Born Nov. 13, 1745, in St. Just (Oise); died Mar. 18, 1822, in Paris. French educator; one of the founders of the teaching of the blind.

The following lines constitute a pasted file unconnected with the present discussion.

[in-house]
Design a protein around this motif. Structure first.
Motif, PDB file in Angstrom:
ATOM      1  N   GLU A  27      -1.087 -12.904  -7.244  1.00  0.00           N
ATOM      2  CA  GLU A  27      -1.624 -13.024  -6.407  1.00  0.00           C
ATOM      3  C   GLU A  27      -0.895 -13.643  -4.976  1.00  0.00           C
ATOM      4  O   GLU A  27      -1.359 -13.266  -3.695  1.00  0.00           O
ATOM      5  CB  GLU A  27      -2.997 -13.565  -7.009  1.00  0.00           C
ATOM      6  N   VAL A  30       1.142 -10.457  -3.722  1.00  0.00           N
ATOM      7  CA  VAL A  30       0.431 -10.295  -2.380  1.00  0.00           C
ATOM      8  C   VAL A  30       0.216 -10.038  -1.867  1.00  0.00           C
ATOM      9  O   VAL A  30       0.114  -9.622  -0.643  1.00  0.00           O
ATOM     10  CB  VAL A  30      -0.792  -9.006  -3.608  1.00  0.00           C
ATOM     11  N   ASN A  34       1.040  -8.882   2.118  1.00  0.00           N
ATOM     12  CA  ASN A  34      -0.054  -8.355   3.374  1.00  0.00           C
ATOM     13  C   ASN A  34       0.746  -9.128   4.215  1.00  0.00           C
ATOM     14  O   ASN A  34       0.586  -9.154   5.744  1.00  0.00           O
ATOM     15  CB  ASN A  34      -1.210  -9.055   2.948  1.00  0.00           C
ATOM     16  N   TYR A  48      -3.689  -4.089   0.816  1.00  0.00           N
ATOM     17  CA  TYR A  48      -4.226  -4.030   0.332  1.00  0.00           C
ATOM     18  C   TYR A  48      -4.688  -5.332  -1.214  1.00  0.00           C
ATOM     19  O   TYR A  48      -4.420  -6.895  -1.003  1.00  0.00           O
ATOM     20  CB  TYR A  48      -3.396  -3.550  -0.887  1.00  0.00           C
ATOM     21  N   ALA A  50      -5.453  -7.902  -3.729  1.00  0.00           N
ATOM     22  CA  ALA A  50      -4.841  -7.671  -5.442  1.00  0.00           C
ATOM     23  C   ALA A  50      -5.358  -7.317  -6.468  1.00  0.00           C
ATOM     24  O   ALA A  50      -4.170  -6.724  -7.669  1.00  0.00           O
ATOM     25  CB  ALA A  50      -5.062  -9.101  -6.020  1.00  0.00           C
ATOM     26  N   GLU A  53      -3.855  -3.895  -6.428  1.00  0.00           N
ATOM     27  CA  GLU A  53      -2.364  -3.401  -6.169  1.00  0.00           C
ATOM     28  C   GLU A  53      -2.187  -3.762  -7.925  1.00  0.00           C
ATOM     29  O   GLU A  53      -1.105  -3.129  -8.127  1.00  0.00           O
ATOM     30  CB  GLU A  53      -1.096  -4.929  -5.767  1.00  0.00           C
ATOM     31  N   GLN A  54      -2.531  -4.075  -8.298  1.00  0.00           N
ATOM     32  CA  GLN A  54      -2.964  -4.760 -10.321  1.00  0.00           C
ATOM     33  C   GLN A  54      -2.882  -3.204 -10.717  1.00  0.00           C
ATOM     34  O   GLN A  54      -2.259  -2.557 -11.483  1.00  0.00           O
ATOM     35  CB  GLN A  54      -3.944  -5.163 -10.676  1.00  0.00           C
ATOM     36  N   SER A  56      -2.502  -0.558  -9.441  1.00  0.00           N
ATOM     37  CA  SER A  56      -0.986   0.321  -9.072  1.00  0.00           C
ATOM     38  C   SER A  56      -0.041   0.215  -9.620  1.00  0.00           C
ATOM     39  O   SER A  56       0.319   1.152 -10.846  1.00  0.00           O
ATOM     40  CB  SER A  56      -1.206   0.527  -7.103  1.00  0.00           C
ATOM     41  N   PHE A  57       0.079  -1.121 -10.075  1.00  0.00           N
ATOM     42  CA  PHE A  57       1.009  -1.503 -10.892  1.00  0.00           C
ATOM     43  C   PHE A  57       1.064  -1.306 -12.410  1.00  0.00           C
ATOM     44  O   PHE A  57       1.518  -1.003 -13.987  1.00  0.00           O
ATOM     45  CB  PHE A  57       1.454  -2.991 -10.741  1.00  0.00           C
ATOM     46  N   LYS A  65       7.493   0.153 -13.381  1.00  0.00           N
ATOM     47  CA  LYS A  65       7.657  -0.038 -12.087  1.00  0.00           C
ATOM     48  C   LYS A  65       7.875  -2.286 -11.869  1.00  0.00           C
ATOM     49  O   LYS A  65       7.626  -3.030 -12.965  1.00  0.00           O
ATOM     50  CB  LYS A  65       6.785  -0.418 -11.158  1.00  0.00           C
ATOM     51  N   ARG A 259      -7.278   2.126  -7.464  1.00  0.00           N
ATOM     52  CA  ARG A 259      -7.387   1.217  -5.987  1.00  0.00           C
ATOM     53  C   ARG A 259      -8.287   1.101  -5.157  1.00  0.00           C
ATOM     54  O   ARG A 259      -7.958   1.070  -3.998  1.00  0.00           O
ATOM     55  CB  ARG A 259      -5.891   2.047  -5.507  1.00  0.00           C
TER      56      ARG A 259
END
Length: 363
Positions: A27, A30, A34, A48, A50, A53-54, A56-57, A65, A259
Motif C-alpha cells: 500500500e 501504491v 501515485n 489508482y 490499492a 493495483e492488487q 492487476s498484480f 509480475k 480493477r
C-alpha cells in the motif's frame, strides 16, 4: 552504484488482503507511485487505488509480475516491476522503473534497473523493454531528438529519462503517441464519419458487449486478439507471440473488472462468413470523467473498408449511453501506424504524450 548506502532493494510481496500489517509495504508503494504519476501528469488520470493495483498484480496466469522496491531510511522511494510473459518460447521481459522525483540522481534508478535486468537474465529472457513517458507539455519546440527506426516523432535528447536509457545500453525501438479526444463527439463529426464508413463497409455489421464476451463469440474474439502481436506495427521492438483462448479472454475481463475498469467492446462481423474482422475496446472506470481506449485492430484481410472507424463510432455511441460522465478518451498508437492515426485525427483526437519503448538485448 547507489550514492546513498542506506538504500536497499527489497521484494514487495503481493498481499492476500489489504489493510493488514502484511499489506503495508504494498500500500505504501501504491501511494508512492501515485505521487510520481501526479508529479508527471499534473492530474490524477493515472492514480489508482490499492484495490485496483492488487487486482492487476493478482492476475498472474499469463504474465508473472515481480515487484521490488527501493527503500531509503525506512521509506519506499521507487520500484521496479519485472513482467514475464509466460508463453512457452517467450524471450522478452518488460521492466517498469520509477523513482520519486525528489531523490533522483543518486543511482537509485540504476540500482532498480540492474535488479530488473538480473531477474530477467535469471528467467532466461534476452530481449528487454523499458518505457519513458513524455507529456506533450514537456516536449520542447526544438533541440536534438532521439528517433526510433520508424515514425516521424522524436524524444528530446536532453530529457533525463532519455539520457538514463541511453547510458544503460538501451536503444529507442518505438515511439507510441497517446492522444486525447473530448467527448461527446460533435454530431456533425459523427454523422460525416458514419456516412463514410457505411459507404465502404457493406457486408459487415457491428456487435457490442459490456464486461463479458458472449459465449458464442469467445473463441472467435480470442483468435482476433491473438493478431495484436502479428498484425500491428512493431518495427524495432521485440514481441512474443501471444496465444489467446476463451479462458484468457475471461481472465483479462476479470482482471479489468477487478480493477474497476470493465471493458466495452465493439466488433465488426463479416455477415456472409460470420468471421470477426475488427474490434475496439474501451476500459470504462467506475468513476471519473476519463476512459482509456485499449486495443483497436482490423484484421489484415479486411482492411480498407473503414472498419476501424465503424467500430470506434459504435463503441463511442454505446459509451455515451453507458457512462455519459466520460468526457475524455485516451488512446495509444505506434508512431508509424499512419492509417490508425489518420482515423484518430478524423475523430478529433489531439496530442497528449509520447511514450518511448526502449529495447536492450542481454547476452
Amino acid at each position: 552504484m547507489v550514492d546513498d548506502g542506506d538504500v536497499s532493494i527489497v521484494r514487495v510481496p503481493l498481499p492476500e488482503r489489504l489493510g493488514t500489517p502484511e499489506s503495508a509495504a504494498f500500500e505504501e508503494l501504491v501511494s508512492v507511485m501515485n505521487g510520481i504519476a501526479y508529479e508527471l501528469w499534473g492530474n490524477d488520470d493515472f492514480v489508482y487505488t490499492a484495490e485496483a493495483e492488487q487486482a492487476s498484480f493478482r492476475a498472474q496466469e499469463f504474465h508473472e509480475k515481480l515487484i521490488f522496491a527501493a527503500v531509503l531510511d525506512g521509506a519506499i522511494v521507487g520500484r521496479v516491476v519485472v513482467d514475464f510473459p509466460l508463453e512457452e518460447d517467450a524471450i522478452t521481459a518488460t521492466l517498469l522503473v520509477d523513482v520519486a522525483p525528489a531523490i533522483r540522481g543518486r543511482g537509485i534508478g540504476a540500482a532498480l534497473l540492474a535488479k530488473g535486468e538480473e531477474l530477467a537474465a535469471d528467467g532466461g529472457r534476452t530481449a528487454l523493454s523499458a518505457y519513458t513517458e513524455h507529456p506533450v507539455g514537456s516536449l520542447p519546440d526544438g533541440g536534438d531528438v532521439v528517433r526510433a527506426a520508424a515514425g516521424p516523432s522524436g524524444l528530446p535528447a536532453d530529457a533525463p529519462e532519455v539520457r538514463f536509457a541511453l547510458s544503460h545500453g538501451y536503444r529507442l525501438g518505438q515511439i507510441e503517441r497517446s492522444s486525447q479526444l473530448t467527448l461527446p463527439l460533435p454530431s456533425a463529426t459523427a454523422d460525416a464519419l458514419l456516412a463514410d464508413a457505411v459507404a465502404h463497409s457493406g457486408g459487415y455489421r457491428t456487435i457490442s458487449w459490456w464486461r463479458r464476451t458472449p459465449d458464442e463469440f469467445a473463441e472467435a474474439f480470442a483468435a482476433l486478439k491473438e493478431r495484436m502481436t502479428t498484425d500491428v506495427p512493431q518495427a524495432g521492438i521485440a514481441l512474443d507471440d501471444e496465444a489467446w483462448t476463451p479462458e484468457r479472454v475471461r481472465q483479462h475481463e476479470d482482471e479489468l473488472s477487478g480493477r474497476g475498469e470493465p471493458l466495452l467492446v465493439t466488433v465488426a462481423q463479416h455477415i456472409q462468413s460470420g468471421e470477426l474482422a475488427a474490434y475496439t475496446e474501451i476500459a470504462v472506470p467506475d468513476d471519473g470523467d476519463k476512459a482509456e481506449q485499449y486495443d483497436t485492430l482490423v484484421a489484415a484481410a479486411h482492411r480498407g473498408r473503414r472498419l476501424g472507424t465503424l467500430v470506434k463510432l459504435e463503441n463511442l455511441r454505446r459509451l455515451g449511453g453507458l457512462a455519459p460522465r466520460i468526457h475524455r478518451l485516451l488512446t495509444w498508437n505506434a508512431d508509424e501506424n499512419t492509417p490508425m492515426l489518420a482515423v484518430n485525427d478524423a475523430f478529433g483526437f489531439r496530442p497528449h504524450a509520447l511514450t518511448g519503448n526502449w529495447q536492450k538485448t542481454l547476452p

Haüy developed a system for teaching the blind reading, writing, arithmetic, and music, and in 1784, with his own funds, he founded in Paris the first school for the blind. From 1806 to 1817 he lived in St. Petersburg, where in 1807 the first institute for the blind (an educational establishment of the boarding-school type) was opened in Russia under his direction. Haüy was the first to bring socially useful work within reach of the blind. His teaching methods became widespread in many countries. His main works are An Essay on the Education of the Blind (1780) and The Origin, Development, and Present State of Instruction of the Blind (1788).